Wednesday, December 2, 2009

Graduation Plans

This is a hard column to write. I find myself holding back, re-thinking whether I want to admit on paper, for the whole world to see, what I really feel about the huge process of sending kids off to college. I fear I will be seen as a bad parent, an irresponsible parent. But the thought that keeps returning to my head is that I may not be the only one who feels this way and maybe, just maybe, some other parent out there will read these words and nod their heads in agreement.

Here’s my big confession: My kids know they are not required to go to college. There, I’ve said it. Sure, I understand that college is a great option. My husband and I both have college degrees. I found him in college, as a matter of fact, and I consider him to be even more valuable to me than the official degree that lives in my file cabinet. And of course it is great to encourage your children to be the best they can be, to aim high when they think about the future.

But my kids know that there are other options beyond college. The trade school catalogs are filled with interesting classes that can lead to some satisfying and lucrative careers. I would not complain at all if one of my children became a plumber or an electrician. There is a good chance they would make as much money, if not more, than their friends who had college degrees.

I am fully aware that the years right after high school are the best years to get an education, before marriage and kids tie you down and limit your options. It is also the perfect time to discover who you are. I often preach to my children that I found myself in college. Sure I earned a degree, but even better, I found out who I was, outside my family structures. I went away to a new city and became the person I had wanted to be for a long time. It was the most valuable part of my college career.

But I think you can achieve the same result by several paths. Just moving away from home ,and being in charge of yourself for a while, can prompt a world of self discovery. And sure, making plans for what career you’d like to embrace should be done during these critical years, but who says college is the only way to get there?

There is so much pressure once a teen hits the last years of high school. Pressure on them and pressure on their parents. It is assumed that every child who lives in middle class America will apply to twelve different colleges and ultimately dream of going to Harvard. But that’s not reality. There are some kids who go that path. They have top grades, get great SAT scores and have their top college choices ranked on a computer spread sheet at home. But there are also a whole lot of kids who are just average. Great grades in a few classes, good grades in others, struggling grades every now and then. They will have average SAT scores and be happy with an acceptance letter to the local community college.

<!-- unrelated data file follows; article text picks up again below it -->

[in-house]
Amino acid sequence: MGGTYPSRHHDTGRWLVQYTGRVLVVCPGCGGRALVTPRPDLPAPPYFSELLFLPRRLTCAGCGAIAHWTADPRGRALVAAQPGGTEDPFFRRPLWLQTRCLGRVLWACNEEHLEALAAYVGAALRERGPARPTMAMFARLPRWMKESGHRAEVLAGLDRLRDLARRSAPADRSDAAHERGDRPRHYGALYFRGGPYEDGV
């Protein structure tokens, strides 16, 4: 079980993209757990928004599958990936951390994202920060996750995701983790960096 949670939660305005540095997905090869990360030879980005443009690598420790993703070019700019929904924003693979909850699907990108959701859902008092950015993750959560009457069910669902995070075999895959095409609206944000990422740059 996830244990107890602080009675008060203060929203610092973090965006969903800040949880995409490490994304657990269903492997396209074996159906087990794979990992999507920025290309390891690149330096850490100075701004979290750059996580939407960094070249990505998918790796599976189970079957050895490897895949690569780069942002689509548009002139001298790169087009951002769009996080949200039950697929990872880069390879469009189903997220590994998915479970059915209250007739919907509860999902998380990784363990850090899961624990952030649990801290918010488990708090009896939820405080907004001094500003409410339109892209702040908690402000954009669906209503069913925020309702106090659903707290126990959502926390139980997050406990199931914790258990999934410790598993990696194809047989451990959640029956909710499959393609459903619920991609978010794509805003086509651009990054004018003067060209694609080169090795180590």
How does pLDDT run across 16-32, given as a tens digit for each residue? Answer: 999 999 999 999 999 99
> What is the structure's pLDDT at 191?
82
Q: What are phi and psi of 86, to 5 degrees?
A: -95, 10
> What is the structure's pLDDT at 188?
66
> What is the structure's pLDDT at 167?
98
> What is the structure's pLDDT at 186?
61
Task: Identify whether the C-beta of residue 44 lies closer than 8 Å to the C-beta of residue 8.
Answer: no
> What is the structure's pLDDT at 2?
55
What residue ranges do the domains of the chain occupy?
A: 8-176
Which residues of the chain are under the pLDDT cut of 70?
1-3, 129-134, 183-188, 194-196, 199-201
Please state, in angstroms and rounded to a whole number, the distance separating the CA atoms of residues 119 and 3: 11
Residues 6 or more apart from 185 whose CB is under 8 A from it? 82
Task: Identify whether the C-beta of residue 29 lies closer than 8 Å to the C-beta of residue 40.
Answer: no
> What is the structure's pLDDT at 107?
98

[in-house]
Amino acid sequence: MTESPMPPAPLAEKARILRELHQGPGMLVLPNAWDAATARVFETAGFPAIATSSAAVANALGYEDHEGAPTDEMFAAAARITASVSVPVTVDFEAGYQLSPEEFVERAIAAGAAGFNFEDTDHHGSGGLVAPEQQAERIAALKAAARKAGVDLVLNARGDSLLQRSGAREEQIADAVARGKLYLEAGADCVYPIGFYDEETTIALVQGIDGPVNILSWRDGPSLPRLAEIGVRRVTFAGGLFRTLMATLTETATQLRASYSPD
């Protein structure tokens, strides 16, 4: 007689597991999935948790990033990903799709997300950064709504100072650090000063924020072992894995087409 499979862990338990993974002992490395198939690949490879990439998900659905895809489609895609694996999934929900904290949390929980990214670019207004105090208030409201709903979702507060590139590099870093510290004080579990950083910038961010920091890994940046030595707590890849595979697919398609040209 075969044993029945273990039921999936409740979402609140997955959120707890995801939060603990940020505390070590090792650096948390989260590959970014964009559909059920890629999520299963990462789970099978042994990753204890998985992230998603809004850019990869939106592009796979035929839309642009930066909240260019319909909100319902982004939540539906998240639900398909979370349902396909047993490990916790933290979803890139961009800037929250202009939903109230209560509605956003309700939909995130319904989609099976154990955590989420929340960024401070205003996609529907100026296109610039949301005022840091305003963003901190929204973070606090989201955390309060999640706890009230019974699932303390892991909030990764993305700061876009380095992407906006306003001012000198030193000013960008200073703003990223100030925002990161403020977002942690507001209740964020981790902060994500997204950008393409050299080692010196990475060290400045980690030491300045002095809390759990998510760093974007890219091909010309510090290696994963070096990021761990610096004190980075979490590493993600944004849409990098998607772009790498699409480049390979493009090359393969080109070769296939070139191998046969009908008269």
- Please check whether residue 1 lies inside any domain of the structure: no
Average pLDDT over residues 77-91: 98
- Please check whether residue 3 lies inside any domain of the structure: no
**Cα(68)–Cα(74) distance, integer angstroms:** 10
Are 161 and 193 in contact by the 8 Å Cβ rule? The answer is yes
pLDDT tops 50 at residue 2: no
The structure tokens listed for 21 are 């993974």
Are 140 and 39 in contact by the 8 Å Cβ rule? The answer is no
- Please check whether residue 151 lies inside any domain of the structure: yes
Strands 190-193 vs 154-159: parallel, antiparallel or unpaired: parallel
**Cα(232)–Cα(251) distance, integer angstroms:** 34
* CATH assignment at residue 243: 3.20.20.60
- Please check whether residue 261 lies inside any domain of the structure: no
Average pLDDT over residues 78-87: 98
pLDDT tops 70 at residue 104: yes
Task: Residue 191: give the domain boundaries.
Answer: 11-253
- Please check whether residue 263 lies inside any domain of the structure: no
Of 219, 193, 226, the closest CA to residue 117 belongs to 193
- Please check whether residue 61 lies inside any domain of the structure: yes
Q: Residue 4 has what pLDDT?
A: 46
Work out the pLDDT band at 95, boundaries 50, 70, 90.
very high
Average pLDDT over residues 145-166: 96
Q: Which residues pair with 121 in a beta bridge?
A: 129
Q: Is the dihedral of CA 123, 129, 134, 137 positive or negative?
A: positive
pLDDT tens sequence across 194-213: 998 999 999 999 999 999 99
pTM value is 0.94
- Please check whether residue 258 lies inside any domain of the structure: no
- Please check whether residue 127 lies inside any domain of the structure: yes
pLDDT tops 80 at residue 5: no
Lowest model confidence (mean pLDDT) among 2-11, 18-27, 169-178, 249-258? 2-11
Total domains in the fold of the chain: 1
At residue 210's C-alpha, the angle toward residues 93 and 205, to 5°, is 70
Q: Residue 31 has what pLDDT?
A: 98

The question I have is why should they be seen as any less ‘successful’ than the kid who goes to Harvard?

Helping our children be successful in life involves helping them find the path that fits them best. Don’t we want the end result to be a young adult in their mid twenties who is a good person, content in their career? Sure, having a job that makes good money is a lofty goal. But who says it can only be found in a path that leads through an ivy league school? If my child loves animals, why is it assumed he should be a veterinarian? Maybe he could be just as happy rescuing abused animals, working for the SPCA. If your child loves the field of medicine, why is she instantly pegged to be a doctor? Sure, it’s a noble profession, but so is phlebotomy and nursing assistant.

One of the things I want my kids to learn from me is to find peace with yourself. Find the career that suits you best, brings you fulfillment, and then set up a life, a content life, on that income. Being happy with a modest home and modest income is nothing to be ashamed of. My children will leave our home with many happy memories, of a peaceful house where they laughed a lot and were loved a lot. Yet we never had a lot of money. No big screen TV hangs on our wall. They watch our regular old TV on a couch my parents bought before I was born. They could have had so much more, in material things, if we had lived up to our full earning potential (meaning me teaching full time while they were young) but I don’t think they will look back and remember our family as being poor.

I guess what it all boils down to is being confident in my kid being ordinary. Feeling pride in the fact he is a good, kind hearted person, whether he chooses to go to med school or plumbing school. Being happy that he is happy, doing what he loves to do and making a difference on his tiny little piece of the planet. It’s up to me to show him the options, be there to discuss their pros and cons, but in the end step back and let him decide.

It’s his future. Maybe more of it should be in his hands.

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